No, "virtuous cycle" isn't some sort of angelic variation on the motorbikes from Tron, which can only be conjured up in the absence of a Kinect sensor. It's what happens when you offer a cheaper, Kinect-less version of your console, which then allows more consumers to buy more hardware, which leads to more interest from developers. Simples!
Speaking to OXM at a preview event in London last week, Microsoft's European Studios chief Phil Harrison took a moment to discuss the announcement of a Kinect-free Xbox One SKU, which will go on sale in June.
"Last week we made a very significant announcement about giving gamers a choice, a choice about how they want to enter the Xbox One ecosystem, by offering them a version of Xbox One both with and without Kinect," Harrison observed. "And fundamentally that is good for opening up the Xbox One ecosystem - the more consumers who buy Xbox One, it's a virtuous cycle for more developers to make and more consumers to play games, and that is what we're committed to achieving and continuing.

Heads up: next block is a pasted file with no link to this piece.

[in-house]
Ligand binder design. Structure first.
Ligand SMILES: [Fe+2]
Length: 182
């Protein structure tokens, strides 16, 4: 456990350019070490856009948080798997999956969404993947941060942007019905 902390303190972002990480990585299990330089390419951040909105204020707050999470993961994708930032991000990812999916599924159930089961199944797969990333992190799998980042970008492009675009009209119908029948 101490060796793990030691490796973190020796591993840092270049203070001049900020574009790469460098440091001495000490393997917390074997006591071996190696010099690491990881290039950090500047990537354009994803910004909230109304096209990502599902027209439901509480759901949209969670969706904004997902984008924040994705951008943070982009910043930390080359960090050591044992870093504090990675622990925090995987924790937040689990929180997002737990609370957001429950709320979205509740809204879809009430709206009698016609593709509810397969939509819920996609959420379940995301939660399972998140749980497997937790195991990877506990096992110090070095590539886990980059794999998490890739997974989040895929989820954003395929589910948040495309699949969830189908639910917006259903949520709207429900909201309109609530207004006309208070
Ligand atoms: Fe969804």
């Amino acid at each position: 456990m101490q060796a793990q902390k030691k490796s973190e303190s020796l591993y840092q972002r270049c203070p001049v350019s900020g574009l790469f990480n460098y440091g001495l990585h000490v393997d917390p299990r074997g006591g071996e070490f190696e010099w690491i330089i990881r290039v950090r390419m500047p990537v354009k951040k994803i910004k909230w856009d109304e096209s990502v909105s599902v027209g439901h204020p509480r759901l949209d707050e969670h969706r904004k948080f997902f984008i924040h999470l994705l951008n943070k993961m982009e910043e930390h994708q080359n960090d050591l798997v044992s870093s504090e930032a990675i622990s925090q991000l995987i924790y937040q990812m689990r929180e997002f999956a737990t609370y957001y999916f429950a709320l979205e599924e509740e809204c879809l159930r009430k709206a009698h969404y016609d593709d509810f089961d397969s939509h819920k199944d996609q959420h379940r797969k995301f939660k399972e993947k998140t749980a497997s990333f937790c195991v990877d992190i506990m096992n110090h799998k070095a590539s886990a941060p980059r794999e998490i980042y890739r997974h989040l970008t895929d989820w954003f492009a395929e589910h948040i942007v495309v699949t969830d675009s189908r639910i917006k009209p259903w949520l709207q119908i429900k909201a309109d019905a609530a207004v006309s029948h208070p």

"But we remain committed to Kinect as the premium way to experience the Xbox One vision," he insisted. "Over 80 per cent of Kinect Xbox Ones are active, over 120 voice commands are issued per day on average by all users of the console, so when you have this premium experience that is where the Xbox One comes alive."
A disagreeable man might argue that while removing Kinect from the equation could result in more games for the platform, it's unlikely to result in more Kinect games. Head of Xbox Phil Spencer has assured us that Kinect gaming has a future, with more hopefully to follow at E3.
Harrison also took a moment to hail the long-prophesied convergence of independently made smaller games and full-fat "AAA" releases on Xbox One. "Titanfall continues to be a big hit for our platforms and on the PC, all around the world, and the first ID@Xbox games from independent developers are now coming onto the platform with Strike Suit Zero, which I'm really proud of as a UK-based team, that was just a good coincidence, just good karma," he noted.
"It's great that we're now seeing the triple-A blockbusters and the ID@Xbox games co-existing on our platform, which is exactly our vision."
It may interest you to learn that Microsoft is already thinking about the design of the next Xbox.